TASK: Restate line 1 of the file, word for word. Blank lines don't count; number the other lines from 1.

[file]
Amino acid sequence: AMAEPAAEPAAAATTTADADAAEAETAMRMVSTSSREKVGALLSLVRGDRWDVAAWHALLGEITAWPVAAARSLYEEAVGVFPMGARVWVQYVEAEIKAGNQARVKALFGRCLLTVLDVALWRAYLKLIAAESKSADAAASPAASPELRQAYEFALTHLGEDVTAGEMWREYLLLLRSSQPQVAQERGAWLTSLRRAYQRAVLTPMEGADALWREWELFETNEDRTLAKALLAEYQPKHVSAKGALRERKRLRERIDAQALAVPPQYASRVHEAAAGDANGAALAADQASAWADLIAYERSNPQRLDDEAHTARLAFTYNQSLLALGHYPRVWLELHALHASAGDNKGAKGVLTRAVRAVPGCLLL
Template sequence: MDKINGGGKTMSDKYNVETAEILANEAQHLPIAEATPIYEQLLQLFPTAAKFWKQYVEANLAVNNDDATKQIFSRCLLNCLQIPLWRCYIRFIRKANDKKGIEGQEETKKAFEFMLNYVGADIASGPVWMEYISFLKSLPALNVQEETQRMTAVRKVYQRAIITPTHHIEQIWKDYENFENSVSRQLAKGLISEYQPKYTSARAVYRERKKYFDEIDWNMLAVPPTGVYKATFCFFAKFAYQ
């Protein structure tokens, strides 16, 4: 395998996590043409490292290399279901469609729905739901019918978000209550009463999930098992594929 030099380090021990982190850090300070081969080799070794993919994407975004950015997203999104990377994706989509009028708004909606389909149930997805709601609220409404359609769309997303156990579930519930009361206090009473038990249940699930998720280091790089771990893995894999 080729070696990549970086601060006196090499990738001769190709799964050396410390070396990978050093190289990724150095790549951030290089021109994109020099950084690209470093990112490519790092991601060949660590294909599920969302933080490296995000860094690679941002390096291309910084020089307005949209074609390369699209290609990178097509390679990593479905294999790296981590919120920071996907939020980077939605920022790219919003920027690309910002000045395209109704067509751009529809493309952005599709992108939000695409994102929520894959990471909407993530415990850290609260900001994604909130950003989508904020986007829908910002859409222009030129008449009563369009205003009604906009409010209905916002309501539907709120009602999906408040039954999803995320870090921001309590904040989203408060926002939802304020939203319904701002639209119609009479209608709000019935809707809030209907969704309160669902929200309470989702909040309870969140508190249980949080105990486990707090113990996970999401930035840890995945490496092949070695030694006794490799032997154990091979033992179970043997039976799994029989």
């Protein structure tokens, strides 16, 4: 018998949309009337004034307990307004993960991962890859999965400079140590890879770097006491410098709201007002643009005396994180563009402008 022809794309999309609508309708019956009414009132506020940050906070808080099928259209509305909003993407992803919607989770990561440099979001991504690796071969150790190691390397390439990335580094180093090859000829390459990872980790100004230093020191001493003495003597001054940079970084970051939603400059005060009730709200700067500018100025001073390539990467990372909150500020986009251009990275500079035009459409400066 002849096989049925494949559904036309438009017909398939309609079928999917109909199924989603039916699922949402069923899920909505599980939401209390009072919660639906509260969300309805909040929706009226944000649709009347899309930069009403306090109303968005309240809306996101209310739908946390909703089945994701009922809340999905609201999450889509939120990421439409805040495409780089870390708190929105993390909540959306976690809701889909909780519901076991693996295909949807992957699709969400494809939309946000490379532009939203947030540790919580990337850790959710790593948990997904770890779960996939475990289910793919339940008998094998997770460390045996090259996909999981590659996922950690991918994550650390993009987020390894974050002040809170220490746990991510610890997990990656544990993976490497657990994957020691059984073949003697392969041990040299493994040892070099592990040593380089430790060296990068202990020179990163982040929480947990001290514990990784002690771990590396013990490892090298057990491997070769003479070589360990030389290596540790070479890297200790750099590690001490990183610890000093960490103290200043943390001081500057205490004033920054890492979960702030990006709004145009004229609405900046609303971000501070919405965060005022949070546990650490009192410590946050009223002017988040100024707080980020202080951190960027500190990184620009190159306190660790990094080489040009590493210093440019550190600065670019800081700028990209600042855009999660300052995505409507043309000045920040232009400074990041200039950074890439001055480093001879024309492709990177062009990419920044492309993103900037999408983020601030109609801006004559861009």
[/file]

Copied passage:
Amino acid sequence: AMAEPAAEPAAAATTTADADAAEAETAMRMVSTSSREKVGALLSLVRGDRWDVAAWHALLGEITAWPVAAARSLYEEAVGVFPMGARVWVQYVEAEIKAGNQARVKALFGRCLLTVLDVALWRAYLKLIAAESKSADAAASPAASPELRQAYEFALTHLGEDVTAGEMWREYLLLLRSSQPQVAQERGAWLTSLRRAYQRAVLTPMEGADALWREWELFETNEDRTLAKALLAEYQPKHVSAKGALRERKRLRERIDAQALAVPPQYASRVHEAAAGDANGAALAADQASAWADLIAYERSNPQRLDDEAHTARLAFTYNQSLLALGHYPRVWLELHALHASAGDNKGAKGVLTRAVRAVPGCLLL